Continuing my Q&A feature, here is the #3 batch of questions!
Q: Can you list all the proposed KV-4 blueprints, their implementations in-game, their actual speed, and armour schematics? What tiers can they be implemented in?
A: I don't have all of them, but I do have some. Data on the designs is a little sparse. For some, not even their creator is known. There are twenty of these things, so I'll cover the interesting ones.
|Fedorenko's design. 107 mm gun in the turret, 45 mm gun in the dome turret. Speed: 21.6-38 kph|
|Kruchenyh's design. 107.7 tons, 107 mm gun in the turret, 45 mm in the smaller turret. Speed: 35 kph. Front armour: 180 mm.|
|Buganov's design. 107 mm gun, 45 mm gun in the smaller turret. Speed: 36 kph.|
|Shashmurin's design. 107 mm gun in the hull, 76 mm gun in the turret. Speed: 35 kph.|
|Tarapatin's project. 107 mm gun in the turret, 45 mm gun in the upper turret. Speed: 35 kph.|
|Mihailov's project. 107 mm gun in the turret, 45 mm gun in the hull. Speed: 50 kph.|
As you can see, all KV-4s are roughly the same. Some of the weaker armoured ones might do well at tier 7, but there is not very much spread.
Q: Is the current 107 mm top gun on the KV-4 close to reality?
A: Let's take a look at Soviet 107 mm guns. The top gun is the "107 mm high power gun". It gets a pretty impressive 188 mm of penetration at 1000 meters, against armour sloped at 30 degrees. Since WoT measures penetration against flat armour at 100 meters, I'm going to have to do some approximations.
The ZiS-6 gun in game gets 167 mm of penetration. The ZiS-6 in that document gets 115 mm of penetration. Assuming the ratios hold, the longer gun in WoT should have about 273 mm of penetration. The in-game gun only has 227 mm of penetration. Russian Bias, why have you abandoned me!?
Q: Are there Russian tanks similar to the Sturmtiger? I have read about the RBT-5 and a KV variant with Katyusha rockets.
A: There were self propelled T-34 mortar projects, both less than and greater than the Sturmtiger caliber. There was also a 400 mm mortar project for the T-34 and KV-1S, but they didn't have the armoured casemate of the Sturmtiger. A project existed to mount the BM-13 rockets on a KV-1, but it never went anywhere.
As for the RBT-5, it was an interesting tank indeed. While keeping its 45 mm gun, it was equipped with two 250 kg "tank torpedoes", capable of the same destructive power as 305 mm guns, capable of taking out enemy heavy tanks and concrete bunkers. The rockets were aimed with the standard gun sight. The 45 mm gun was used to acquire the range, and then the rockets would be fired after converting it using a table. The range of these rockets was up to 1500 meters. However, the rockets were vulnerable to bullets, shells, and shrapnel, so the project was axed.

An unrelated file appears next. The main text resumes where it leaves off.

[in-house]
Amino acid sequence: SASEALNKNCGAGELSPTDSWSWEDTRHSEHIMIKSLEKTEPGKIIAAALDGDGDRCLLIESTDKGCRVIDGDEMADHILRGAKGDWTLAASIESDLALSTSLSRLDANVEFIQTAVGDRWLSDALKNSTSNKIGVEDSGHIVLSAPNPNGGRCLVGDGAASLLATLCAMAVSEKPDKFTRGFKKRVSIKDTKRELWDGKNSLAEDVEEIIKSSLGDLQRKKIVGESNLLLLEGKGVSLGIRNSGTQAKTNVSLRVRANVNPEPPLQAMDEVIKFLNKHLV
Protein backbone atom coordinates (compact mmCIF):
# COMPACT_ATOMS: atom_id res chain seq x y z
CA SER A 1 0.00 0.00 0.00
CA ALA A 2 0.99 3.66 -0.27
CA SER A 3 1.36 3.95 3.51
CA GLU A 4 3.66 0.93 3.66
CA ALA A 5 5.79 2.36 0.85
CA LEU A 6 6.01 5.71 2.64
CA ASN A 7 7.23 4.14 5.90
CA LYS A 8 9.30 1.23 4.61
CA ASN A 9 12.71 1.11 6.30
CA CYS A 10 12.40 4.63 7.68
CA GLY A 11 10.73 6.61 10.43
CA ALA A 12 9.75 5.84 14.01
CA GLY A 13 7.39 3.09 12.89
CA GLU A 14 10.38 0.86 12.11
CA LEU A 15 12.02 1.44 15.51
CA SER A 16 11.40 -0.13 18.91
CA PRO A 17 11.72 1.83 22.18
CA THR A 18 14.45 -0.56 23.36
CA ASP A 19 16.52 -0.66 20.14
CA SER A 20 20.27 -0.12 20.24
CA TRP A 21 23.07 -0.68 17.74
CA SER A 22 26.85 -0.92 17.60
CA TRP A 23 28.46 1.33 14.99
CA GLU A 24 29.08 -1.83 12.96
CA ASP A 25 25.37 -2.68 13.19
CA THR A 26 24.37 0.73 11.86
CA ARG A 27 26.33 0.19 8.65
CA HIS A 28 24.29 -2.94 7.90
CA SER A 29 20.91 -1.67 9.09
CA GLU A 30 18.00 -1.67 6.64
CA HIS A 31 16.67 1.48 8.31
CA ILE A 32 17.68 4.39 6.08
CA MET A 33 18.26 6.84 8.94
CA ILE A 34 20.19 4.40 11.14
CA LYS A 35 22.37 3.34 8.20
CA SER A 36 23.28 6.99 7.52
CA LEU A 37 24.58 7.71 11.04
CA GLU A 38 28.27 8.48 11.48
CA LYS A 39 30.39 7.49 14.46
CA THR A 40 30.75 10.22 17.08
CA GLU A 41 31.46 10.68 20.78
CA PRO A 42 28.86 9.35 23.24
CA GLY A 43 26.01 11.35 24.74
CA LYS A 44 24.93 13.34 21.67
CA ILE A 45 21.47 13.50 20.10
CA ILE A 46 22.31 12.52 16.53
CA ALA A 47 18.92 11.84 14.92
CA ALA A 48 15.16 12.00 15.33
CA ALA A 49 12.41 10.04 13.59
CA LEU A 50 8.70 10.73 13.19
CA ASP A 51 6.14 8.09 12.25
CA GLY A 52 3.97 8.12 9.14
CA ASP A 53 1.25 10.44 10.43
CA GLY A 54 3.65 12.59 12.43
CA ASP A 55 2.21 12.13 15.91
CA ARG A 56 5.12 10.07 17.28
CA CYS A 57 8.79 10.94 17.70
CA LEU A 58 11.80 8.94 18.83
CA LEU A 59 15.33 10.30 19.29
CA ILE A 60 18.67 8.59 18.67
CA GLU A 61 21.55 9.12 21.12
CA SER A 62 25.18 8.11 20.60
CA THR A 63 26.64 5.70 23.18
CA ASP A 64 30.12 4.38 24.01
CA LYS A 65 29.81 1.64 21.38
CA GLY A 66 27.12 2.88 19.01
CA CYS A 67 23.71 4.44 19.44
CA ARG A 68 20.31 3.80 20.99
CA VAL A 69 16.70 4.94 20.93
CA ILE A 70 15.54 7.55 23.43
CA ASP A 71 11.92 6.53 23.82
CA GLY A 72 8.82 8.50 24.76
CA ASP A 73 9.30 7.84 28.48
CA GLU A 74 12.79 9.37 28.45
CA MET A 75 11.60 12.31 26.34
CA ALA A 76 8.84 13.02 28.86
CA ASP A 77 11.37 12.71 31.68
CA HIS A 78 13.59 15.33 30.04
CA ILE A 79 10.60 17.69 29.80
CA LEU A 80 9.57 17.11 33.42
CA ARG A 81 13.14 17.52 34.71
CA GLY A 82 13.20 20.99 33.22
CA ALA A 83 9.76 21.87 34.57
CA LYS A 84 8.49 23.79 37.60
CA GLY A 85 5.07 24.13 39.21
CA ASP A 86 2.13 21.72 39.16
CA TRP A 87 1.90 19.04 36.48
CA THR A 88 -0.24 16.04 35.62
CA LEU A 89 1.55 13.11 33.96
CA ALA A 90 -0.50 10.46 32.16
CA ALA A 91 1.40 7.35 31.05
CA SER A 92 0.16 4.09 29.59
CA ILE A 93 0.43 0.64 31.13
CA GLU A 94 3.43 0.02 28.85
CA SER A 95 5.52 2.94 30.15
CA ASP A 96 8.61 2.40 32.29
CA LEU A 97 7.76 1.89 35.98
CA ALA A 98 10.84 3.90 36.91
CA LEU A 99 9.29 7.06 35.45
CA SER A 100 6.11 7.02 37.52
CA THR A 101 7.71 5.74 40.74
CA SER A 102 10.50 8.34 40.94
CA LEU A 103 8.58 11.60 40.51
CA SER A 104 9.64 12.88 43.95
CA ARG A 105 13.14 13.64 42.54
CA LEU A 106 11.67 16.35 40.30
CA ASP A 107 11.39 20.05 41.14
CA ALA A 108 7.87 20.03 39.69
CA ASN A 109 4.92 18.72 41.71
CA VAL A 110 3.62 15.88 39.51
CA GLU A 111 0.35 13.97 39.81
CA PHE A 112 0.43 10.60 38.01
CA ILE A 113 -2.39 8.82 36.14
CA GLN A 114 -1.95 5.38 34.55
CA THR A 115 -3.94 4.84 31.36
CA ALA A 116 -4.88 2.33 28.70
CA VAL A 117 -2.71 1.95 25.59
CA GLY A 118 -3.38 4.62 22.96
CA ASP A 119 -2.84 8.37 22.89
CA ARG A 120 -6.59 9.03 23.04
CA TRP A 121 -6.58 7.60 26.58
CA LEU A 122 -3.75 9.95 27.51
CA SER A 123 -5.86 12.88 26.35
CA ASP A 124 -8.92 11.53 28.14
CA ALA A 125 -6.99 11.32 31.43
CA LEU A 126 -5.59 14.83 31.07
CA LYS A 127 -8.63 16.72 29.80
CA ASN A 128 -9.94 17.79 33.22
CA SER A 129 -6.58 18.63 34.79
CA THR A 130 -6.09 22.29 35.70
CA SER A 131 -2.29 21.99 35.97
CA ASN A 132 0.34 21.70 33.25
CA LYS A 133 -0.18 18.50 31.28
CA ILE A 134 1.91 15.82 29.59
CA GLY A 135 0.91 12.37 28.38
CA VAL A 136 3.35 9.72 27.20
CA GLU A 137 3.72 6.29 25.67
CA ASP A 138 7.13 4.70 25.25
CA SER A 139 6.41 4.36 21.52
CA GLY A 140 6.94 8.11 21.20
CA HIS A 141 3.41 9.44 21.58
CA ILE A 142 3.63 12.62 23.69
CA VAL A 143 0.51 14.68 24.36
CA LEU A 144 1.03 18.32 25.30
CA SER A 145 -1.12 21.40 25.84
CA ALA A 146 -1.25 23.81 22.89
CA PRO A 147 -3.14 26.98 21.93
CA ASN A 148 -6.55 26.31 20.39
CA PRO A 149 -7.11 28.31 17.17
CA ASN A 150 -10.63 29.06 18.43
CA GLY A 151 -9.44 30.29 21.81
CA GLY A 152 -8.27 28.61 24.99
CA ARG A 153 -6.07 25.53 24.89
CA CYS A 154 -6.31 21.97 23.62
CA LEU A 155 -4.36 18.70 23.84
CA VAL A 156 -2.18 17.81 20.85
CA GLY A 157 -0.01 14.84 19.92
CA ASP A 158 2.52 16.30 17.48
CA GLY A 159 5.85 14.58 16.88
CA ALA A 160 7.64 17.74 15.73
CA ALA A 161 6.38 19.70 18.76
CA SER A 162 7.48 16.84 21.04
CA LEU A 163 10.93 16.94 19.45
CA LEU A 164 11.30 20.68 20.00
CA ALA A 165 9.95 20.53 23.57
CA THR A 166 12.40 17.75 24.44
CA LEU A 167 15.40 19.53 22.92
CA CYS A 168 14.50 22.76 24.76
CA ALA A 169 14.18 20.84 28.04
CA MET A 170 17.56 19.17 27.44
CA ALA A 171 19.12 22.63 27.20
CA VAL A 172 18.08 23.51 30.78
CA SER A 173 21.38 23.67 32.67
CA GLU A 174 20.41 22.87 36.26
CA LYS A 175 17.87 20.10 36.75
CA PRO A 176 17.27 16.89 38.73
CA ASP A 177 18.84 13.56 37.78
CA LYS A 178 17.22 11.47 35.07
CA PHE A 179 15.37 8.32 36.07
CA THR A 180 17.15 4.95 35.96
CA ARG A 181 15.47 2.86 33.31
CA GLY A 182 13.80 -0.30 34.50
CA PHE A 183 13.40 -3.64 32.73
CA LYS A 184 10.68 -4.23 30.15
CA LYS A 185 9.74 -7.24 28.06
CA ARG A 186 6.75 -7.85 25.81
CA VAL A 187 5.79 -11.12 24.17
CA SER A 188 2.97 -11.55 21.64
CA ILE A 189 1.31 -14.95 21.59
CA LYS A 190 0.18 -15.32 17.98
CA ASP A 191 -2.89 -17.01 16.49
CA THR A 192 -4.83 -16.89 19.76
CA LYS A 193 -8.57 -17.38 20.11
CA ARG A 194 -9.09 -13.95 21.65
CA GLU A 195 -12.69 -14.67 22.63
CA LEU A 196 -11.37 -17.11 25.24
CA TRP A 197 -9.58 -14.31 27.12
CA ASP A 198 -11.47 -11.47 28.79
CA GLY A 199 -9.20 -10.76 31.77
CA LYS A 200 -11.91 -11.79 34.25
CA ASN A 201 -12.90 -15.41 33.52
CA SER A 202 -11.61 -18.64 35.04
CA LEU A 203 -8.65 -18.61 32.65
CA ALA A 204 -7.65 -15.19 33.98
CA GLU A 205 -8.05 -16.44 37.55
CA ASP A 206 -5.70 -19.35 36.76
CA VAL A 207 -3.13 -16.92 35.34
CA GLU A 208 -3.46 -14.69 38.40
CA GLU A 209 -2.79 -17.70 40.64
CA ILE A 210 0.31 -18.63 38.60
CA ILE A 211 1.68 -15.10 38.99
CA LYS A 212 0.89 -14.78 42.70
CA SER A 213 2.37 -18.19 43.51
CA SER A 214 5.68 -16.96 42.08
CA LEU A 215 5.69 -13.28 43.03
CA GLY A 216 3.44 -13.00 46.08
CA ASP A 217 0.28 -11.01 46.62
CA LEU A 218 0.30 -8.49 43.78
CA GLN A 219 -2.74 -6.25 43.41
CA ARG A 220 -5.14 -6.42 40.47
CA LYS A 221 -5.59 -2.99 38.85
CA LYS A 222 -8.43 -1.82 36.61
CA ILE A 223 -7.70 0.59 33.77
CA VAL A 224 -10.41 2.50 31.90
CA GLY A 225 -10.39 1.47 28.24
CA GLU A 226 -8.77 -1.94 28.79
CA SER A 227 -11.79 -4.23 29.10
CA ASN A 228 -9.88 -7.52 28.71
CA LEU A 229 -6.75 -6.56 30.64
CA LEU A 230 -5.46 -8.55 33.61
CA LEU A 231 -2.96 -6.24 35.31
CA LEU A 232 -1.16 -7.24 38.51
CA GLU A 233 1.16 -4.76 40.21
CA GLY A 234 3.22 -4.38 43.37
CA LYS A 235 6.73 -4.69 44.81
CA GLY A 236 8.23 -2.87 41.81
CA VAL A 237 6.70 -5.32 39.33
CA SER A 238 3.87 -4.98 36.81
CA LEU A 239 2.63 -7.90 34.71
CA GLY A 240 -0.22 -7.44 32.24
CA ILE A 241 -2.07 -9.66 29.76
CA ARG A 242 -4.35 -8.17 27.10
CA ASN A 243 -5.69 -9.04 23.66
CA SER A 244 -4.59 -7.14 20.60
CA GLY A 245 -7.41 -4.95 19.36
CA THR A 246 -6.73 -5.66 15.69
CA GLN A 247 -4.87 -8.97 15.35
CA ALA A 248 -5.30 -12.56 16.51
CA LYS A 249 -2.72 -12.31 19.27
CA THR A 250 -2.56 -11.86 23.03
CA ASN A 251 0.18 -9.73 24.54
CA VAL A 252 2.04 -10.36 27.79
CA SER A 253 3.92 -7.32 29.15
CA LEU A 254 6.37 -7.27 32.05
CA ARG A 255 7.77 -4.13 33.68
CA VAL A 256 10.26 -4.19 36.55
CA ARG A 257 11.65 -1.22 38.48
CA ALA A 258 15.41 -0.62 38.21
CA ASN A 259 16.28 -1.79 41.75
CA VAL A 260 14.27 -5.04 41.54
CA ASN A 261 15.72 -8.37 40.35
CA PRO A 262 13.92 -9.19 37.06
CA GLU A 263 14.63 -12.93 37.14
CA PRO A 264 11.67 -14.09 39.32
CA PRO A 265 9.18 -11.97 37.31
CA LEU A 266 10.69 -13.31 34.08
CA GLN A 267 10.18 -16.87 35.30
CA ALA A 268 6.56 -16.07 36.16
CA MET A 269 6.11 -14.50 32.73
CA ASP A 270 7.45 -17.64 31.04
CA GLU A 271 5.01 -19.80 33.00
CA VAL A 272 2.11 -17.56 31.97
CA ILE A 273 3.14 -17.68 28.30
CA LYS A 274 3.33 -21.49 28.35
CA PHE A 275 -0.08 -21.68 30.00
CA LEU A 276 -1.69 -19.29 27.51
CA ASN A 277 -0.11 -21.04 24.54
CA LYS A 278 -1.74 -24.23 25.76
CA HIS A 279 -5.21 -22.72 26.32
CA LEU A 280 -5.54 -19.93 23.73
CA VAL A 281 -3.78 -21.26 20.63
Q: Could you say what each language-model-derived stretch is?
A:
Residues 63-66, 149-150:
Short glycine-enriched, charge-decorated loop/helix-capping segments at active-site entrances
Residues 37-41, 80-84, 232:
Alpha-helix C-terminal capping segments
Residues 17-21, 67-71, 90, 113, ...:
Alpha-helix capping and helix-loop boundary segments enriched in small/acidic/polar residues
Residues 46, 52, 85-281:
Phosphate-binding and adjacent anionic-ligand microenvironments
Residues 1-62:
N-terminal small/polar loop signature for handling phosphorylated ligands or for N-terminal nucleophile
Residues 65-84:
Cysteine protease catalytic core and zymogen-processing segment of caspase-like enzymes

Another rocket BT project was developed, a BT-5 with 132 mm rockets. Rather than being produced for some combat purpose, it was produced to determine the effect of rocket exhaust on the tank and its crew. Turns out that it was harmless, but was unacceptable in terms of fire safety. The project was discontinued, but the data gathered was used in the Katyusha program.
As for direct equivalents of the Sturmtiger, I don't know of any. The largest caliber the Soviets put in a tank expected to participate in close combat was 203 mm.
Q: I heard about the successor of the T-39, the T-42, and I was wondering if there is any info about it.
A: The T-42 was not a successor, but a predecessor to the T-39 (the T indexes are not sequential). The story of the T-42 begins in 1930, when the USSR invited foreign specialists to consult with on tank building. One of these specialists was German engineer Eduard Grote. The, as SerB puts it, "gloomy Teutonic genius" seems to be set on ridiculously heavy tanks, as Grote proposed a 1000 ton tank in 1931 with either three or six turrets, two 304 mm guns, four 152 mm and 76 mm guns, and two 45 mm guns, with a crew of 40 people. This proposal was denied. Grote proposed a slightly more reasonable tank, only 75 tons. There were only three guns, two 45 mm, and one 76 or 100 mm. The tank crew was 10 people. Based on this project, he also designed a heavier tank, the T-42. The tank's mass was 100 tons, armour up to 70 mm. The main gun, 107 mm in caliber, would be placed in a center turret, that could rotate 270 degrees. A 76 mm gun was placed in the front turret, which could rotate 202 degrees. A 45 mm gun was placed in the rear turret, which could rotate 278 degrees. The tank was planned to be accelerated to 30 kph with a 2000 hp engine. It could also cross up to 2 m deep rivers with a watertight hull and turrets.
As of fall of 1931, it was decided that Grote's services are no longer required.
That's it for now! Keep sending those questions in to firstname.lastname@example.org, or post them in the comments.